Senior Anna Sappington found her perfect balance of “innovative computer science and innovative biology” as a member of the team mapping every cell in the human body.
December 5, 2018
When Anna Sappington was six years old, her parents gave her a black and white composition notebook. Together, they began jotting down observations to identify the patterns in their wooded backyard near the Chesapeake Bay. How would the harsh winters or the early springs affect the blooming trees? How many bluebirds nested each season and how many eggs would they lay? When would the cicada population cycle peak? Her father, the environmental scientist, taught her to sift through data to uncover the trends. Her mother, the journalist, gave her the words to describe her findings.
But it wasn’t until Sappington competed in the Intel International Science and Engineering Fair her junior year of high school that she probed one tiny niche of the natural world more keenly than she ever had before: the physiology of the water flea. Specifically, she investigated the developmental changes that these minute creatures experienced after being exposed to the antimicrobial compound triclosan, present in many soaps and toothpastes. She was surprised to learn that it required only a low concentration of triclosan (0.5 ppm) to cause developmental defects.
She’d been familiar with the concept of DNA since middle school, but her fellow science fair finalists were delving beyond their observations and into the letters of the genetic code. This gave her a new impetus: to understand how triclosan worked at the level of the genome and epigenome to engender the physical deformities she observed under the microscope. She just needed the proper tools, so she made some calls.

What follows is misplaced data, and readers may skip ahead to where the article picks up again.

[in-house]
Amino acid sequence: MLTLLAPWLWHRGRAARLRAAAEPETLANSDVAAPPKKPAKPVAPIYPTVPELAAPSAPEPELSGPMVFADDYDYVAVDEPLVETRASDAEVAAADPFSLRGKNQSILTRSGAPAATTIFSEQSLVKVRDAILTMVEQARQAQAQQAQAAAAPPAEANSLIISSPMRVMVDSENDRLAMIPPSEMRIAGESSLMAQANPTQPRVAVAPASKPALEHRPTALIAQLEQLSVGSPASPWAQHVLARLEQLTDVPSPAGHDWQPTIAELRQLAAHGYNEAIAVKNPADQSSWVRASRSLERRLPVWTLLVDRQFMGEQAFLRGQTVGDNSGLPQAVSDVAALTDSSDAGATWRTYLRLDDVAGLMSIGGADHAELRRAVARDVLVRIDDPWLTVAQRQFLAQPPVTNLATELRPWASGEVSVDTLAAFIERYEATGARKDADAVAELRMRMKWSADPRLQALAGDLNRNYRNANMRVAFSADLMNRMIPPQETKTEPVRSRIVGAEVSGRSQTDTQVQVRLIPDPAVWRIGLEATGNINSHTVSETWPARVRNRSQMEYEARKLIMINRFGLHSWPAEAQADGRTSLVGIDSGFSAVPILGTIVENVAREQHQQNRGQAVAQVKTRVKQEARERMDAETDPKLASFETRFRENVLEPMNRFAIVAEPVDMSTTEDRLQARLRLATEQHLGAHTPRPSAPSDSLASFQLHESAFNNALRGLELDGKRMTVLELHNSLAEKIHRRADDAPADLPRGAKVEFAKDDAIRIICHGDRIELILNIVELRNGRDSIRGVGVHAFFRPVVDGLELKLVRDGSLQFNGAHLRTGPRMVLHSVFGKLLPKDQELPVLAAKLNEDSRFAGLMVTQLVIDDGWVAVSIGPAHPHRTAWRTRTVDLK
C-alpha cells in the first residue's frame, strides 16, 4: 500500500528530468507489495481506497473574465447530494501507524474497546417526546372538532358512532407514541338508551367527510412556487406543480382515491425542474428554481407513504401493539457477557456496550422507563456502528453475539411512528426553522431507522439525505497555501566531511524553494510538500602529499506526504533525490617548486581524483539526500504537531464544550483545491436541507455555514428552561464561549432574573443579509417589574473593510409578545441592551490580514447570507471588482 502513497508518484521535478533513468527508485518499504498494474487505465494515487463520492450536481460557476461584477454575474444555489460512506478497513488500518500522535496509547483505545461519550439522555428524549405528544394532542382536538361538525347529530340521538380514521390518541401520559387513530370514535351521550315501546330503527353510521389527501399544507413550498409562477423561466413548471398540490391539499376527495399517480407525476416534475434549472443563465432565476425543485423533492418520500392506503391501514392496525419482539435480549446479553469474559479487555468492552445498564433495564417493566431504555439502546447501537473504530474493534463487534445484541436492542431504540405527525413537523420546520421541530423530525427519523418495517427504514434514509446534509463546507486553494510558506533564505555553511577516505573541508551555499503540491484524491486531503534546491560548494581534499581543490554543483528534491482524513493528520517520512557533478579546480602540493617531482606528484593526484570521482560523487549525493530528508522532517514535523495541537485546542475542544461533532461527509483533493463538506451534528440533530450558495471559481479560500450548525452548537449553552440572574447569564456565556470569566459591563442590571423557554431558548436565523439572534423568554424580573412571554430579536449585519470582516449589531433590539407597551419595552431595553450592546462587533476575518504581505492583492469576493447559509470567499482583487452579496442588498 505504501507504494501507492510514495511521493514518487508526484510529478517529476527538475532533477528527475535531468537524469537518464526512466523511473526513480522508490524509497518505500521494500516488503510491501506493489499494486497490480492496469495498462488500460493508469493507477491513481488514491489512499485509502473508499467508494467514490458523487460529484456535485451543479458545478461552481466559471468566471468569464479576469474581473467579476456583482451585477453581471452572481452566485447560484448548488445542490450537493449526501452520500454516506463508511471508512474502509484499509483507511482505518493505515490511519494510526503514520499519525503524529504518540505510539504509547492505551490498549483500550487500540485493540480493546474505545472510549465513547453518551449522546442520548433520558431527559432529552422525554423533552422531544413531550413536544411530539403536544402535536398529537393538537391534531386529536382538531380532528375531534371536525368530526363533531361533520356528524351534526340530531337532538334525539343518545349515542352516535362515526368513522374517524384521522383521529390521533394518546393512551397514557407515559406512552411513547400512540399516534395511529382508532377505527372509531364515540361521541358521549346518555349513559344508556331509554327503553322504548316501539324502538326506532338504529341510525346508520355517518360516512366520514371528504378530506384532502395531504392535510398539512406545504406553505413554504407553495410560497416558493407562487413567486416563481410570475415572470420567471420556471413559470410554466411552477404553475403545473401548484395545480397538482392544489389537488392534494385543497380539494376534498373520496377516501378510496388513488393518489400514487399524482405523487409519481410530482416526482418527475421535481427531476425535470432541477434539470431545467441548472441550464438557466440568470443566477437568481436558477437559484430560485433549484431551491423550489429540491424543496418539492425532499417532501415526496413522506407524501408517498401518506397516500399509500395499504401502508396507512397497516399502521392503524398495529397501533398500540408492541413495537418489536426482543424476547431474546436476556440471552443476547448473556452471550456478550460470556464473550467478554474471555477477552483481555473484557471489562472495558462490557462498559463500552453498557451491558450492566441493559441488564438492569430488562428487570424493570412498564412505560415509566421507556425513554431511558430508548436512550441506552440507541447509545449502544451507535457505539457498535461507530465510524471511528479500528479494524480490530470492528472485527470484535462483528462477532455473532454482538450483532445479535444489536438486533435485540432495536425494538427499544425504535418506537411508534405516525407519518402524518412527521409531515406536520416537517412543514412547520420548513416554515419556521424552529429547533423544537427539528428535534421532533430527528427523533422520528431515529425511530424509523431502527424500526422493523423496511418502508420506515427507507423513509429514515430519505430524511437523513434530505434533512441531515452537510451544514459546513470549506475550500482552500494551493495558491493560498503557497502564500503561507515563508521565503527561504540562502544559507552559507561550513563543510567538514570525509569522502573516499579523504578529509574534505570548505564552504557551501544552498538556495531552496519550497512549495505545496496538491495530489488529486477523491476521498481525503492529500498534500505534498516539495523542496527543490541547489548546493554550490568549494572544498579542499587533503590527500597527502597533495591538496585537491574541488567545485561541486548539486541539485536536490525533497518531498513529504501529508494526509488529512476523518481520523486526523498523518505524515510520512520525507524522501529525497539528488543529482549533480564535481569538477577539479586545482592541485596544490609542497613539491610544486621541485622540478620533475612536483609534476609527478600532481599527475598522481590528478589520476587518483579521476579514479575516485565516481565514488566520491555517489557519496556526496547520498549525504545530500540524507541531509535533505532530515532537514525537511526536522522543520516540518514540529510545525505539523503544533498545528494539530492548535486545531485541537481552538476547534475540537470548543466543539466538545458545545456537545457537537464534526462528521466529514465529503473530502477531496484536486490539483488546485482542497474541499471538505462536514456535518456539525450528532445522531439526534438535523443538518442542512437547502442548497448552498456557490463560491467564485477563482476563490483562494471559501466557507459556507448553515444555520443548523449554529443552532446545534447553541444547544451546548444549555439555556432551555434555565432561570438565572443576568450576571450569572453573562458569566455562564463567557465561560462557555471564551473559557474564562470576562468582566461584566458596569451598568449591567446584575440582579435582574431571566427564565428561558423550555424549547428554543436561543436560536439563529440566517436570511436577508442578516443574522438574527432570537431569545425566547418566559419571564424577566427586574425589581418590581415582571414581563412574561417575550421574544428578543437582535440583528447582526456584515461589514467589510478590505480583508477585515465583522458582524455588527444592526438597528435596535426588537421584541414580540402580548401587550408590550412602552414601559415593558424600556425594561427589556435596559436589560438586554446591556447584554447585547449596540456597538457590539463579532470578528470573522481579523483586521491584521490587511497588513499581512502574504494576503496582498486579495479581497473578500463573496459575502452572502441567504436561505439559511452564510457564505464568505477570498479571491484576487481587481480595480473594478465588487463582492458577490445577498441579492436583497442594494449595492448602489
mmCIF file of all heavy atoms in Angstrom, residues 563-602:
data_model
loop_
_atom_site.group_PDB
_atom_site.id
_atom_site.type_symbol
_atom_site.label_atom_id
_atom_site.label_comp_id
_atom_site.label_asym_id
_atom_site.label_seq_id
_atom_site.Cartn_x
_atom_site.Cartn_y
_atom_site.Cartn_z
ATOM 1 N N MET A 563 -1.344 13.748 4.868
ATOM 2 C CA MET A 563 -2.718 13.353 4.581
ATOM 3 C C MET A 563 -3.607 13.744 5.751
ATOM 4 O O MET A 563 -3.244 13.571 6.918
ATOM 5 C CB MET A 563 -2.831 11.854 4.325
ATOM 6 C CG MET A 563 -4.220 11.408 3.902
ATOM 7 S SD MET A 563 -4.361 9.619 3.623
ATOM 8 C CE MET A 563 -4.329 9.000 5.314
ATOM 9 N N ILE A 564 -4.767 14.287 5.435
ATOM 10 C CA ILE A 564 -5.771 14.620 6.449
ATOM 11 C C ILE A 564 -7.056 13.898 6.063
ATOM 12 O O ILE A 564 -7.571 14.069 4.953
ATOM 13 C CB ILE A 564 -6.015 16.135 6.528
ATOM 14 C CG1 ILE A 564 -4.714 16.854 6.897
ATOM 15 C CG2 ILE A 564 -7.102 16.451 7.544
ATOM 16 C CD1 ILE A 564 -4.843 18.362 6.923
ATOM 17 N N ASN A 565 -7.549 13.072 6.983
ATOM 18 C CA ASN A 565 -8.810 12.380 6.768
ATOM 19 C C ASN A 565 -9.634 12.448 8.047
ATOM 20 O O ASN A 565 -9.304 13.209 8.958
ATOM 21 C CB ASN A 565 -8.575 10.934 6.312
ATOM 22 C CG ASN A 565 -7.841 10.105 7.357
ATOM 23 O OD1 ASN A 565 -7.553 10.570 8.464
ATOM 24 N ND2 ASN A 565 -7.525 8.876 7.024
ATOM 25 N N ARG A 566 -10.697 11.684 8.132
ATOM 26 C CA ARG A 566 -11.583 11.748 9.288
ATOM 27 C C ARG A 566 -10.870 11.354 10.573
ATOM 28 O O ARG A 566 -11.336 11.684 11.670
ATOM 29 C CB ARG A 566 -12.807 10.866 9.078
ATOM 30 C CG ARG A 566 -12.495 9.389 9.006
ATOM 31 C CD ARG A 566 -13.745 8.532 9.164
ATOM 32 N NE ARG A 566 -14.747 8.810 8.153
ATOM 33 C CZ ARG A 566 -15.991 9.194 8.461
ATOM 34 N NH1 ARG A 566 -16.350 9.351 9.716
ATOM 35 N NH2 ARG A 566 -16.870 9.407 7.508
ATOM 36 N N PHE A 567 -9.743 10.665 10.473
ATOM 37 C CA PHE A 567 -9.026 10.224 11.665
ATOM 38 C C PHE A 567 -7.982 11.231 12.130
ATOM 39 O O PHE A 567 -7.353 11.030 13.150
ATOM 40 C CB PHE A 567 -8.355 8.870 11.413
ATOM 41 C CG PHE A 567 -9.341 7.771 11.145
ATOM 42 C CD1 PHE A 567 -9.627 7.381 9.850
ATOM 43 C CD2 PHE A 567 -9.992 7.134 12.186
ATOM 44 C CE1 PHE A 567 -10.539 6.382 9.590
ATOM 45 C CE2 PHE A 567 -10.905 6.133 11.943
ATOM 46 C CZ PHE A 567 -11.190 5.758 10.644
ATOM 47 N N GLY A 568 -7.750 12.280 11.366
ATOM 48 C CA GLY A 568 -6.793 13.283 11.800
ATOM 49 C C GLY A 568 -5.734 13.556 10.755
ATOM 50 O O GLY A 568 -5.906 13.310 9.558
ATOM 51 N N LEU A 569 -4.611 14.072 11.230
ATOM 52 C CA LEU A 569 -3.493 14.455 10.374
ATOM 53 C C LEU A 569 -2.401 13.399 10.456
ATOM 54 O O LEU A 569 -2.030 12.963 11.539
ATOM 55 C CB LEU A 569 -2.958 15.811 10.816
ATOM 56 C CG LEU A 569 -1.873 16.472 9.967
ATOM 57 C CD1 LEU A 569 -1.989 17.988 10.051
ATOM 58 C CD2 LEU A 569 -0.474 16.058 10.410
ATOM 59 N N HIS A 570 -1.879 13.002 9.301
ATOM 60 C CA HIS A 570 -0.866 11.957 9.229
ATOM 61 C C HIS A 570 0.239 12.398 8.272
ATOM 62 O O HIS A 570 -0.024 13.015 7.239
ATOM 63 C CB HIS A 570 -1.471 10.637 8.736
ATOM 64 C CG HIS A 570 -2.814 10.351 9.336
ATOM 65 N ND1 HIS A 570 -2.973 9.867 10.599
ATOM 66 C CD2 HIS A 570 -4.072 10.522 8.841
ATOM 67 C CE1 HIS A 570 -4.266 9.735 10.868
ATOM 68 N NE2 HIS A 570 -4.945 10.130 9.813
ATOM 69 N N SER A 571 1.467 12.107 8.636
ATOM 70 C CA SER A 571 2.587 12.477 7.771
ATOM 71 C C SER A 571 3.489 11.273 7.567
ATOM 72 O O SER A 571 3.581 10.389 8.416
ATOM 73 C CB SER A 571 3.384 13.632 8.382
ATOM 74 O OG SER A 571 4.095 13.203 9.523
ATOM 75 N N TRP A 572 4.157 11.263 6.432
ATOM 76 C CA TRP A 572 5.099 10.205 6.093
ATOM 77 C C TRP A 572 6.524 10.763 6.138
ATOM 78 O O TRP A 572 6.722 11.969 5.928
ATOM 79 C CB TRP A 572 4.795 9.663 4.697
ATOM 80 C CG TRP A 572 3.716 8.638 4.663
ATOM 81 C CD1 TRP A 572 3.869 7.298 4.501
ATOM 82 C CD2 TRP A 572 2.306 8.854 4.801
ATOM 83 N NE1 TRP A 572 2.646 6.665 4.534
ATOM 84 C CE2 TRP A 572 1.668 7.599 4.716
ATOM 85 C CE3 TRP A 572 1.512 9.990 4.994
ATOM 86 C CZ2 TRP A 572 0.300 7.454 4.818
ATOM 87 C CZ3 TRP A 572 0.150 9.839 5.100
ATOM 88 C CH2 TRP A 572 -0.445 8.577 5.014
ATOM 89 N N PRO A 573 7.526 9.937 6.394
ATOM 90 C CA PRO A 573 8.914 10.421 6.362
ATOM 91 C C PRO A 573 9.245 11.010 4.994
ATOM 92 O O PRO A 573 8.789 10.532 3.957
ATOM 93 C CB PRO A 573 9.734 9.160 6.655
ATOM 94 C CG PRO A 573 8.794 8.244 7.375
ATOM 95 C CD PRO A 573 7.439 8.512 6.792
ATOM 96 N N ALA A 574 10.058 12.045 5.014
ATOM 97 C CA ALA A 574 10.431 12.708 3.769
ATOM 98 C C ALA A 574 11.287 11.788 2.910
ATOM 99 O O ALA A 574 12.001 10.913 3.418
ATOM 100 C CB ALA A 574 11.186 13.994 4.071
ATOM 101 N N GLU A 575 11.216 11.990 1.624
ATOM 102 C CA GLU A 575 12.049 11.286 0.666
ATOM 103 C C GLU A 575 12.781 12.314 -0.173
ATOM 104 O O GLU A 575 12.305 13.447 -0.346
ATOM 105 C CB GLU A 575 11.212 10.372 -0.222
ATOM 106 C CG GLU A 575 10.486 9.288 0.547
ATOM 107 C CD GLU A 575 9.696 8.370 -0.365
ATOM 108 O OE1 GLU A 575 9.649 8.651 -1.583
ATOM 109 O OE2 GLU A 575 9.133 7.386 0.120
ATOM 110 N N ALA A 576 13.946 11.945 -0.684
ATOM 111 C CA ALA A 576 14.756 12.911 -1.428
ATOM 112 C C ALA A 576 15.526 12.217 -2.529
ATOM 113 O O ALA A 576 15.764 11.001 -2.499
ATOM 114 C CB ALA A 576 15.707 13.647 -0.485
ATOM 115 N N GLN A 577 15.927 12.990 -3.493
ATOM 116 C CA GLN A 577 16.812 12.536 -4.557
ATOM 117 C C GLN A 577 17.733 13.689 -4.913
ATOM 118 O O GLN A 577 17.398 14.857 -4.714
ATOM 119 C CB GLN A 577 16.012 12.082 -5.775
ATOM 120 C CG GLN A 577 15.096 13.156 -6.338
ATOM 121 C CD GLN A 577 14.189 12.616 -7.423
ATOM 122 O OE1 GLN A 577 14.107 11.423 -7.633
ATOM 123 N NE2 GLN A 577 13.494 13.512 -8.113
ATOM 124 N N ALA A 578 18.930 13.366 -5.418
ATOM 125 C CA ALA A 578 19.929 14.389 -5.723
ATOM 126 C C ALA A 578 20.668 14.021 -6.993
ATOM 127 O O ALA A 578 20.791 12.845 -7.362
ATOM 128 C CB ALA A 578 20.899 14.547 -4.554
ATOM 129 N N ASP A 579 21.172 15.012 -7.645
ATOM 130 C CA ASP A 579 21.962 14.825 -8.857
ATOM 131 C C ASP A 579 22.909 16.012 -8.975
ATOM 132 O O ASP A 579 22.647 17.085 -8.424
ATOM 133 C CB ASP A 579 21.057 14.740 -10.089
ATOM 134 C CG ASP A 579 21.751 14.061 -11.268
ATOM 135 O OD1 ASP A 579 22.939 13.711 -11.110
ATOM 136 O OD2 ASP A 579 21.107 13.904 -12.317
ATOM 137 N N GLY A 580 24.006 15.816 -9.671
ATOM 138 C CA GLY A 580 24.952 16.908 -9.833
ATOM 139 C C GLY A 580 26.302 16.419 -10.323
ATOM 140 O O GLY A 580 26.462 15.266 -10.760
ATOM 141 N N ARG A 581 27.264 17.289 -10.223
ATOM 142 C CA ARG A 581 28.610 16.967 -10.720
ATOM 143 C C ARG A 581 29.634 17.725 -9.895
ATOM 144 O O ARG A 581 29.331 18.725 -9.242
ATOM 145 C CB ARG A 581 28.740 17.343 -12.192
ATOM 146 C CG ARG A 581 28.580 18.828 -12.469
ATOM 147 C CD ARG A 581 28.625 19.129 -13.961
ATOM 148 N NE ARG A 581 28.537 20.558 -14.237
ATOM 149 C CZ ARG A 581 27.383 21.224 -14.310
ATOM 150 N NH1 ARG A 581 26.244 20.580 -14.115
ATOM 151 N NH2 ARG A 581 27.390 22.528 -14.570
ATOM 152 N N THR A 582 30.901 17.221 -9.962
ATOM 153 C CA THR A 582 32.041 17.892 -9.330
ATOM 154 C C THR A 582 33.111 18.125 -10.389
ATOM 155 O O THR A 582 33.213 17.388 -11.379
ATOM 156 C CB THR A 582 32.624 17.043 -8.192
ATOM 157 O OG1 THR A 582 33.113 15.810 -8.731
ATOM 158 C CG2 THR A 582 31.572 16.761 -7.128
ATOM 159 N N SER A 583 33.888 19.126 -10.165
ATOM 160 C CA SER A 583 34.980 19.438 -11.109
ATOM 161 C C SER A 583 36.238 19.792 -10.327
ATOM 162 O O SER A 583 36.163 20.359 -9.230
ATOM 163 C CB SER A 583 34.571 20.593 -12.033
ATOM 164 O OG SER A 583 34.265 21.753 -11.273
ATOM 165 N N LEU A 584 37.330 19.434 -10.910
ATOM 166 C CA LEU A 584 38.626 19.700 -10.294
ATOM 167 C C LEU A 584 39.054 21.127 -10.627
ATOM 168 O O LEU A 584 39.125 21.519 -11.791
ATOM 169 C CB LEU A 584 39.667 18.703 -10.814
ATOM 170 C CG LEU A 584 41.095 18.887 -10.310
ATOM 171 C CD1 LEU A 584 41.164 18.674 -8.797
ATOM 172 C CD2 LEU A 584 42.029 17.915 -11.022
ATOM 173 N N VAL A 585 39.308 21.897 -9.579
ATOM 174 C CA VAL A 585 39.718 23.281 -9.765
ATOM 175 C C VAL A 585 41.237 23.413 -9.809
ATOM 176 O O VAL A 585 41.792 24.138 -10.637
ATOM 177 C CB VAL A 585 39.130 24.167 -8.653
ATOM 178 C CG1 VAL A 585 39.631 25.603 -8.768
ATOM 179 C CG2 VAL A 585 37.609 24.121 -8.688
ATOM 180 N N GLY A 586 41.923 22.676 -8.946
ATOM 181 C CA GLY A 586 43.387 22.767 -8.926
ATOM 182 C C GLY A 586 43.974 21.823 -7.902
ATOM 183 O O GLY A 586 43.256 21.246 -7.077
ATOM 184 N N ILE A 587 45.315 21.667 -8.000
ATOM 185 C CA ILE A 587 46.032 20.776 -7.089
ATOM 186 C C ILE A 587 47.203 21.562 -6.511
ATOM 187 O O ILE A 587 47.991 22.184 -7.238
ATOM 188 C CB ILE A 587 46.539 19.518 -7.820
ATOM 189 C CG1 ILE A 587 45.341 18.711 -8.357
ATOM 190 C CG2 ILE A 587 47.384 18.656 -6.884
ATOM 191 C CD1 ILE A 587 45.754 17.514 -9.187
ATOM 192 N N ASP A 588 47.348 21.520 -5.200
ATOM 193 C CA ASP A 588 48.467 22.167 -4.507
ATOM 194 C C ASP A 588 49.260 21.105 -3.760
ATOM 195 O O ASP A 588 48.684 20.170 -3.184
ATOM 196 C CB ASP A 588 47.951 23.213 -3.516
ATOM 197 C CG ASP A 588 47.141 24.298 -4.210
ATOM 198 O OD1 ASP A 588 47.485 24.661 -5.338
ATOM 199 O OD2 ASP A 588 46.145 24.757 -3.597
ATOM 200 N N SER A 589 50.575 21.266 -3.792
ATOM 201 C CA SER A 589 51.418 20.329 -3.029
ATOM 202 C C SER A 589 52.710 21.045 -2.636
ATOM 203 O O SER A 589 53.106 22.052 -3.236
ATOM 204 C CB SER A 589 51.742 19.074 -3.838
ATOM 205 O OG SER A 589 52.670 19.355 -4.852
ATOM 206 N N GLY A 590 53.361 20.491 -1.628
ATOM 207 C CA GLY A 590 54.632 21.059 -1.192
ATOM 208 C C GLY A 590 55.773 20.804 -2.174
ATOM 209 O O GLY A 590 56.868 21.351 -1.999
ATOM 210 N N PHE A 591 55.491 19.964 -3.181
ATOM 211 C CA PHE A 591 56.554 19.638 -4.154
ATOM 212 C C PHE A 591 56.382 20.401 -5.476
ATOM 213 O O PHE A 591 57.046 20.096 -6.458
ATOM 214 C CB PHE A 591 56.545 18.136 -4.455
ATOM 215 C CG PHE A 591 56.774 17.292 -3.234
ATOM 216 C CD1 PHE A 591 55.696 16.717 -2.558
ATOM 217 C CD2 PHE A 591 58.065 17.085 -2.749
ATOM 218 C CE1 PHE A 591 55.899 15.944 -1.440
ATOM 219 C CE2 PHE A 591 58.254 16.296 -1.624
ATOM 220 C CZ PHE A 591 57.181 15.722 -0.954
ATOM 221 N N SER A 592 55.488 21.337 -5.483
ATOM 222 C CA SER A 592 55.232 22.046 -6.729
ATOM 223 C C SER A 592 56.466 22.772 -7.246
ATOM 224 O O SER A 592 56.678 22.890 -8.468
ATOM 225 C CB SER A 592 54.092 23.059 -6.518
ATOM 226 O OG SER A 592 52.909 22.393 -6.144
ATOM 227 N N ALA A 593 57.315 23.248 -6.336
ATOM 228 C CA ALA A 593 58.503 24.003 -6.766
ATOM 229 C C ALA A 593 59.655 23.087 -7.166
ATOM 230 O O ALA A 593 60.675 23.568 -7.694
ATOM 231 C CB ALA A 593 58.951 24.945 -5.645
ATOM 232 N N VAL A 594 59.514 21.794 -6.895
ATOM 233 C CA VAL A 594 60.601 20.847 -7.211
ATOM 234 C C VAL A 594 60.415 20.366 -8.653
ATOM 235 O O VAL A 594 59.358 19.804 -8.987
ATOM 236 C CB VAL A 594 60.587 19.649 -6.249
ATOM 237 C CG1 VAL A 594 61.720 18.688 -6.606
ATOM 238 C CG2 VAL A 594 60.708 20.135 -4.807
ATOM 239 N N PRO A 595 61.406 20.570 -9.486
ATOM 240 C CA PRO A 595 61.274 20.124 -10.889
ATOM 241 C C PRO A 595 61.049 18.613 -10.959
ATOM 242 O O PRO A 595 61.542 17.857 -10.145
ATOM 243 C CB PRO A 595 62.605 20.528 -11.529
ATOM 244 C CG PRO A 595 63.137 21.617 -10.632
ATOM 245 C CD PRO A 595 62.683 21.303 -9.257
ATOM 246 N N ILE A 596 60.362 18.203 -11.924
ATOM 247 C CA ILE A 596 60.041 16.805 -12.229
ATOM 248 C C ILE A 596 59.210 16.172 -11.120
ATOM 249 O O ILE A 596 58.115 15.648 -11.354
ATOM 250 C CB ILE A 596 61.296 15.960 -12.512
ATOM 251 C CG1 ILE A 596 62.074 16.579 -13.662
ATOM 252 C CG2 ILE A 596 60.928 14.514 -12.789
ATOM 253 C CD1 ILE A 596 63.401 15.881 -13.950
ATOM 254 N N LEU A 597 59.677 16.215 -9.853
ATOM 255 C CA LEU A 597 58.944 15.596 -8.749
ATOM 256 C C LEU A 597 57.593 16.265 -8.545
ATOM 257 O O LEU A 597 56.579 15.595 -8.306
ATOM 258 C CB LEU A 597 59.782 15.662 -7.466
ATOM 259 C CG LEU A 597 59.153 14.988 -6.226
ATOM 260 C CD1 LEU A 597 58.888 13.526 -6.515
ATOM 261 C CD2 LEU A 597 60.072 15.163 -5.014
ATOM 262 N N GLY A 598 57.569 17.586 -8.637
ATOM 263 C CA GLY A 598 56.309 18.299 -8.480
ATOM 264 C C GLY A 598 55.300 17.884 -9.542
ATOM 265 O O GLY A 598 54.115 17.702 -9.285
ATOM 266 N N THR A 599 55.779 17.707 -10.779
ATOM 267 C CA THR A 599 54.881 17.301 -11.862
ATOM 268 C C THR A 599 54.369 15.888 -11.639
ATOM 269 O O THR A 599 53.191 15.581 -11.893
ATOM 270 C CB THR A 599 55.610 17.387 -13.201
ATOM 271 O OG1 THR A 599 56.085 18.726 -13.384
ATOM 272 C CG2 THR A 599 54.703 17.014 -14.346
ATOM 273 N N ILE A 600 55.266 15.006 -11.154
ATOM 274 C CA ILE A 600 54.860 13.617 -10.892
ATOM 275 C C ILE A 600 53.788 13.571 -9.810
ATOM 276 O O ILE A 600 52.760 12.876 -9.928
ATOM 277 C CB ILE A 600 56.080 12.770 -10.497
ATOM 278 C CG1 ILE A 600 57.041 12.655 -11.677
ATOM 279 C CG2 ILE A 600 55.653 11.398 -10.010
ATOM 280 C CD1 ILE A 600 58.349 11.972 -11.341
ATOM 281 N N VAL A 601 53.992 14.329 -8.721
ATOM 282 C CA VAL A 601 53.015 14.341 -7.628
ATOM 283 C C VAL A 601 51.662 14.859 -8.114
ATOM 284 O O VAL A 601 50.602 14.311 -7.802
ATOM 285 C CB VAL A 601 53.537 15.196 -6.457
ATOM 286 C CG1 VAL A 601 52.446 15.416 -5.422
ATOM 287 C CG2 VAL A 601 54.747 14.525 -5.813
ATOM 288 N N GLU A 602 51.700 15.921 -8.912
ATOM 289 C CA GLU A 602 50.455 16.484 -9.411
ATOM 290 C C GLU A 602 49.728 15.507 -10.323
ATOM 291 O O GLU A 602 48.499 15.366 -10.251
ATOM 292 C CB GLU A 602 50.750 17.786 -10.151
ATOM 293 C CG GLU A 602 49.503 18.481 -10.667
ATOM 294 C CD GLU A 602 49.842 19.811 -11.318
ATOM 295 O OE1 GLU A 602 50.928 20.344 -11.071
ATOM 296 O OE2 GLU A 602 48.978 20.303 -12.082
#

Environmental geneticist and water flea aficionado John Colbourne took an interest, and invited her to his lab at University of Birmingham in the U.K. the following summer so she could learn basic lab techniques. Although her friends and classmates didn’t quite get why she needed to travel to an entirely different country to study an organism they’d never heard of, as she puts it, she had burning scientific questions that needed answers.
“That was the experience that really turned me on to genomics,” says Sappington, now a senior and 6-7 (Computer Science and Molecular Biology) major. “I was finally getting the tools to dig through large amounts of data, using code to find patterns and meaning. I wanted to keep asking ‘why?’ and ‘how?’ all the way down to the molecular level.”
The summer before her freshman year of college, Sappington asked these questions in humans for the time as an intern at the National Human Genome Research Institute (NHGRI). There, she helped create a computational pipeline to identify the genomic changes associated with heightened risk of cardiovascular disease.
She enrolled at MIT the following fall, because she wanted to be around people from every scientific subfield imaginable. When she arrived, the joint major in computer science and biology was still relatively new.
“While a few of the required classes did meld the two, many of them offered training in each separately,” she says. “That approach really appealed to me because I was hoping to develop both skill sets independently. I wanted to learn code and write algorithms that could be applied to any field, and I also loved understanding the biological mechanisms behind different diseases and viruses.”